Triangle of Sadness (2022) Review
Triangle of Sadness (2022)
Director: Ruben Östlund
Screenwriter: Ruben Östlund
Starring: Harris Dickinson, Charlbi Dean, Woody Harrelson, Dolly de Leon, Zlatko Buric, Iris Berben, Vicki Berlin, Henrik Dorsin
Without a doubt, 2022 was the year of the capitalist satire. In a period defined by sardonic, tongue-in-cheek critiques of society (such as The Menu), Triangle of Sadness fit right in. It’s natural that in a world still wrestling with the repercussions of the pandemic and universal demands for improved labor conditions we would see this struggle pan out on screen. Still, though, it seems that these star-studded anti-capitalist flicks are down to a formula: we are introduced to a charming yet out-of-touch rich couple, the world is fleshed out with cartoonishly evil old money types, the power shifts, and the millionaires are forced to reckon with their bad behavior. Despite the predictable plot arc, Triangle of Sadness does manage to break away from the pack with its absurdist comedy and the impressive performances from its main cast.
The film stars Charlbi Dean as Yaya, a model and influencer, and Harris Dickinson as Carl, a model, who are coaxed into a faux relationship for increased engagement and career opportunities. The two relative newbies are largely responsible for a near-perfect first act. The jokes are punchy and the pair are perfectly out of sync. We watch them maneuver the shallow world of modeling and struggle to be kind to one another despite the circumstances. Both Dean and Dickinson embody the entitled yet strangely endearing personalities of Gen Z celebrities. Not only do the two function as stellar comedic forces, they also serve the fierceness necessary for the high fashion world.
The legacy of Triangle of Sadness is undoubtedly the bright light of Charlbi Dean. The 30-year-old South African actress tragically passed away shortly following the release of the film. Though Triangle of Sadness has its shortcomings, Charlbi Dean is a force to be reckoned with and seemed destined for stardom before her untimely death. If nothing else, the film is a tribute to her abilities as a comedic actress and certified scene-stealer.
Harrison Dickinson (Matthias & Maxime; The Souvenir: Part II) is also ready to take Hollywood by storm. He seamlessly evolves from nice-guy model to a scrappy, manipulative survivor and back again in the span of just over two hours. Dickinson proves his comedic prowess and his sheer stardom in this performance.
As the first act comes to a close, the film takes us on a seaward voyage. Though it maintains its witty humor, the second part is distinctly choppier than the first. Introducing the cast of spoiled, bizarre passengers, we luxuriate on a super yacht while roughing the tides of mounting class tension. What it lacks in tight writing, the film makes up with stunning cinematography. More than anything, the spectacular visuals establish an interesting tone that keeps us engaged in the story.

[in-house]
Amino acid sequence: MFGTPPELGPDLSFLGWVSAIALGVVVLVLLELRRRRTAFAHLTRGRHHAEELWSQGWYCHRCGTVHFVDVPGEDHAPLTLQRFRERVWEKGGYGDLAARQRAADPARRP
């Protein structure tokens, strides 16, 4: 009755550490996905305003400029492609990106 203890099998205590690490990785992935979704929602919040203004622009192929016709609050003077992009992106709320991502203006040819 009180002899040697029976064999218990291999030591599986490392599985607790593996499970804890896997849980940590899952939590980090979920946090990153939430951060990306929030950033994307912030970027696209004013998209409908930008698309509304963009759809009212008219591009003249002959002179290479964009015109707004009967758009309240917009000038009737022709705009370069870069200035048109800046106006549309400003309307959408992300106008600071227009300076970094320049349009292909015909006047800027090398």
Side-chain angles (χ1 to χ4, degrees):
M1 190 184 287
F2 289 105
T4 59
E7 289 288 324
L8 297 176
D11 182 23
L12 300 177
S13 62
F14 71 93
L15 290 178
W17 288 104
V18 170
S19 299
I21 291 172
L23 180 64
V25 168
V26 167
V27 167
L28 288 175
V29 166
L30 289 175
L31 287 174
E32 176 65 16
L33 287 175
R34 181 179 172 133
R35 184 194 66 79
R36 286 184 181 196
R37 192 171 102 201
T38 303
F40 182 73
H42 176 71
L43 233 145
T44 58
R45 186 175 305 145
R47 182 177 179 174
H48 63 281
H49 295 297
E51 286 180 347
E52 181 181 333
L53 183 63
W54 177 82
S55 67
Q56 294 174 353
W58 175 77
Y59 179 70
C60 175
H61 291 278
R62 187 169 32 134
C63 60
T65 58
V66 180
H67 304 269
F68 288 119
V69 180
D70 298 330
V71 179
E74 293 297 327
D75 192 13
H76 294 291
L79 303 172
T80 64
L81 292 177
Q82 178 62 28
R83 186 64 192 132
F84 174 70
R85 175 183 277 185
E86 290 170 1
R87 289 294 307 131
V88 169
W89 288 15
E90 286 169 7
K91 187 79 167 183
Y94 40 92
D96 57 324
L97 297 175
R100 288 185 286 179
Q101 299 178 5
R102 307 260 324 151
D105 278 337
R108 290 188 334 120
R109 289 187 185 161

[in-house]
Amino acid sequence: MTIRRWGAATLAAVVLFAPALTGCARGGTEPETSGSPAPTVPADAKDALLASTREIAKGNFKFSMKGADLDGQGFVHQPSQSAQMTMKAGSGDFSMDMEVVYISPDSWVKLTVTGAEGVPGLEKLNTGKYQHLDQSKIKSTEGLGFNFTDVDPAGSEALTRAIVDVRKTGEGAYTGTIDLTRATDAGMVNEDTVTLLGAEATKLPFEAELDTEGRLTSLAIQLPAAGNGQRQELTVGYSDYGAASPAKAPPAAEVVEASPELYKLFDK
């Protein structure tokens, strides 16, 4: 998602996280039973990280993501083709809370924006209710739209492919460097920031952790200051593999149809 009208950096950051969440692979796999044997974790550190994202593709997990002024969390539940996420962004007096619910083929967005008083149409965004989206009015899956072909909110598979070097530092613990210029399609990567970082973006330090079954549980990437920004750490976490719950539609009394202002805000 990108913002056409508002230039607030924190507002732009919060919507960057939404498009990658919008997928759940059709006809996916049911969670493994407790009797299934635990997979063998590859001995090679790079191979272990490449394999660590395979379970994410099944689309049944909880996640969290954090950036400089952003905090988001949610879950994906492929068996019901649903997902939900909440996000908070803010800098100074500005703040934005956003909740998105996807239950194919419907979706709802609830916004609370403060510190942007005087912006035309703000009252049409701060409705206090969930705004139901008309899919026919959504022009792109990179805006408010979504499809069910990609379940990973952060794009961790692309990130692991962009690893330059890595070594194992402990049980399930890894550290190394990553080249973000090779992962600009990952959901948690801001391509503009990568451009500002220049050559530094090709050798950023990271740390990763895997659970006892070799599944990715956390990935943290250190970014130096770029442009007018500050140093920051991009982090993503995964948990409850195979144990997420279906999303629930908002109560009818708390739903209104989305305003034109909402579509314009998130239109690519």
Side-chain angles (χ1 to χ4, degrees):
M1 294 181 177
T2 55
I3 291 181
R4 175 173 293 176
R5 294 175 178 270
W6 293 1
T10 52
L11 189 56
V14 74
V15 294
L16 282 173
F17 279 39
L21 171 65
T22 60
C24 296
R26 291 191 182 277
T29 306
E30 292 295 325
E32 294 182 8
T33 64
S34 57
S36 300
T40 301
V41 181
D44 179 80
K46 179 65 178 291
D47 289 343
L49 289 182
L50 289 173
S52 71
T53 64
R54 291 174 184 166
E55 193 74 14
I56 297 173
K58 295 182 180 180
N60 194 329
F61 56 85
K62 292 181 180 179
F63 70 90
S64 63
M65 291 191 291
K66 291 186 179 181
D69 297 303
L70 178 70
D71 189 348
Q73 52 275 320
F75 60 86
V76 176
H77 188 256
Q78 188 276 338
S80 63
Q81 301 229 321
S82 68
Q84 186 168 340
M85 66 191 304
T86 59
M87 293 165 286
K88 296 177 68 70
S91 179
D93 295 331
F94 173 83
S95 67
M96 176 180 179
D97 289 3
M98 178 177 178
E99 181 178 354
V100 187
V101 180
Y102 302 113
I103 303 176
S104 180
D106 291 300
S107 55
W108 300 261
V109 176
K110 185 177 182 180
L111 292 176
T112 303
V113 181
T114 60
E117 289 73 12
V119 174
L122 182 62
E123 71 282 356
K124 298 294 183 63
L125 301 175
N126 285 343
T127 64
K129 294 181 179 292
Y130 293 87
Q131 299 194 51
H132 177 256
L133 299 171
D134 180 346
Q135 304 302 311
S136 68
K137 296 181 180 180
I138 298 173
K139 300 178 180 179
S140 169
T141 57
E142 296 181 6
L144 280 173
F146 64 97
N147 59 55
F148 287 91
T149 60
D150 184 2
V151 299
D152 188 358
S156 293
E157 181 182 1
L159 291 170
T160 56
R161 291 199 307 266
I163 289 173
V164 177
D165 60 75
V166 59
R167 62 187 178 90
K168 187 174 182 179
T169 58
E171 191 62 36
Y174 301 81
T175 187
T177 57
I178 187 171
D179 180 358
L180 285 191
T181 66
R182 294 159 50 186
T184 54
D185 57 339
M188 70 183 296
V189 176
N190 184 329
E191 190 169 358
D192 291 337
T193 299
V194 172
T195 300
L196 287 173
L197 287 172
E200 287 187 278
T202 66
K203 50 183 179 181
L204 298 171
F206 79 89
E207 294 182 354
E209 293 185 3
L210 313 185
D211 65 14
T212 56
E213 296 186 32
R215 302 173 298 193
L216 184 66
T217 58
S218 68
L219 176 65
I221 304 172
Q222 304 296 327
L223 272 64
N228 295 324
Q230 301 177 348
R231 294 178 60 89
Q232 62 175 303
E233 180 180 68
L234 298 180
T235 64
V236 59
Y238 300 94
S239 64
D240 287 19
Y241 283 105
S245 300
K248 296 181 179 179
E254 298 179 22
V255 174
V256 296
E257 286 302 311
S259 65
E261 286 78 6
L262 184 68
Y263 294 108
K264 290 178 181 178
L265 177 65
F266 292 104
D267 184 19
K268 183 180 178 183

On our traverse across international waters, we are also introduced to the Marxist, luxury cruise captain Thomas, played by Woody Harrelson. While Harrelson delivers a predictably strong performance, his presence in the film can be distracting. Thomas’ communist rantings are meant to highlight the hypocrisy of the ultra-rich, but it produces an unwanted meta-paradox. As an enormous star with several decades of high-profile celebrity under his belt, Harrelson is equally as contradictory as his on-screen counterpart. It’s ironic to have an A-lister millionaire satirize a wealthy captain with morals he fails to meet.
This problem is at the heart of the film. While every big-budget satire struggles with this issue, good filmmaking and a strong script can make an audience forgive almost anything. If the writing felt tighter across all three acts, perhaps we could overlook the irony. After all, both Knives Out and Glass Onion tackle this problem with a self-aware, light-hearted tone and a willingness to turn the mirror to celebrity culture – they’re willing to make digs at their cast while understanding their limitations as films produced by Hollywood high rollers. Unfortunately, Triangle of Sadness never quite breaches this level of storytelling. Though it is effective in its comedy, the film struggles to make a coherent point beyond “rich people are bad”.
By the third act, the story begins to drag. We enter the “face the music” portion inherent to every anti-capitalist film, and beyond one major crowd-pleasing shocker it’s all pretty standard stuff. The tides have turned, the models are disheveled and unshaven, the wealthy have lost control. It would perhaps ring more cathartic if the side characters didn’t feel like buzzy internet fodder, but they do.
If you’re looking for a challenging satire that speaks truth to power, Triangle of Sadness might be a skip. However, if absurdist comedy is your jam, the film is worth the watch. While it certainly won’t make the history books as a hard-hitting piece on the state of the union, it’s a great watch as long as you’re fine with a little seasickness.
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